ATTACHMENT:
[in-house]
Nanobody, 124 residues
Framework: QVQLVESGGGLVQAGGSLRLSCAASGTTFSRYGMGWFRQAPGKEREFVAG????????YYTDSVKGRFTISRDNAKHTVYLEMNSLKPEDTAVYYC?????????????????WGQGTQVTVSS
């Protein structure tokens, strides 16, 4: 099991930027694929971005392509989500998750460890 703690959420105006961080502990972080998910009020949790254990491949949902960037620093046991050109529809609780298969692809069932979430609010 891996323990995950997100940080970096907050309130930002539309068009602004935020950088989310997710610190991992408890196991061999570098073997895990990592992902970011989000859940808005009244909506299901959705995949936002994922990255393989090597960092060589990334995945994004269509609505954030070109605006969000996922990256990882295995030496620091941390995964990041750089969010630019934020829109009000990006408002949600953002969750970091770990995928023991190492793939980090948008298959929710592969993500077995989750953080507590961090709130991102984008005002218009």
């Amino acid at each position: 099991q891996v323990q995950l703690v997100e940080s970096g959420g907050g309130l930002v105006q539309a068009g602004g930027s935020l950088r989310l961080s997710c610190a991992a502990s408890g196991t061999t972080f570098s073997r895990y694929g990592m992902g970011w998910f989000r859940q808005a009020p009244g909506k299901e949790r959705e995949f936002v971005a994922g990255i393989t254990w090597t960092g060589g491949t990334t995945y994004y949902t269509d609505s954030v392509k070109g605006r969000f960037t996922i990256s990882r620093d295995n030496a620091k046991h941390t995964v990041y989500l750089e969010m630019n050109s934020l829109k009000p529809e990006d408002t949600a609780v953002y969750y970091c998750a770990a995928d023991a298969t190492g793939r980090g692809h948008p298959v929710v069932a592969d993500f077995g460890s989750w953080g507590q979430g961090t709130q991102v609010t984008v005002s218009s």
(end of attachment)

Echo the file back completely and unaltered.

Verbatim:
[in-house]
Nanobody, 124 residues
Framework: QVQLVESGGGLVQAGGSLRLSCAASGTTFSRYGMGWFRQAPGKEREFVAG????????YYTDSVKGRFTISRDNAKHTVYLEMNSLKPEDTAVYYC?????????????????WGQGTQVTVSS
């Protein structure tokens, strides 16, 4: 099991930027694929971005392509989500998750460890 703690959420105006961080502990972080998910009020949790254990491949949902960037620093046991050109529809609780298969692809069932979430609010 891996323990995950997100940080970096907050309130930002539309068009602004935020950088989310997710610190991992408890196991061999570098073997895990990592992902970011989000859940808005009244909506299901959705995949936002994922990255393989090597960092060589990334995945994004269509609505954030070109605006969000996922990256990882295995030496620091941390995964990041750089969010630019934020829109009000990006408002949600953002969750970091770990995928023991190492793939980090948008298959929710592969993500077995989750953080507590961090709130991102984008005002218009």
């Amino acid at each position: 099991q891996v323990q995950l703690v997100e940080s970096g959420g907050g309130l930002v105006q539309a068009g602004g930027s935020l950088r989310l961080s997710c610190a991992a502990s408890g196991t061999t972080f570098s073997r895990y694929g990592m992902g970011w998910f989000r859940q808005a009020p009244g909506k299901e949790r959705e995949f936002v971005a994922g990255i393989t254990w090597t960092g060589g491949t990334t995945y994004y949902t269509d609505s954030v392509k070109g605006r969000f960037t996922i990256s990882r620093d295995n030496a620091k046991h941390t995964v990041y989500l750089e969010m630019n050109s934020l829109k009000p529809e990006d408002t949600a609780v953002y969750y970091c998750a770990a995928d023991a298969t190492g793939r980090g692809h948008p298959v929710v069932a592969d993500f077995g460890s989750w953080g507590q979430g961090t709130q991102v609010t984008v005002s218009s």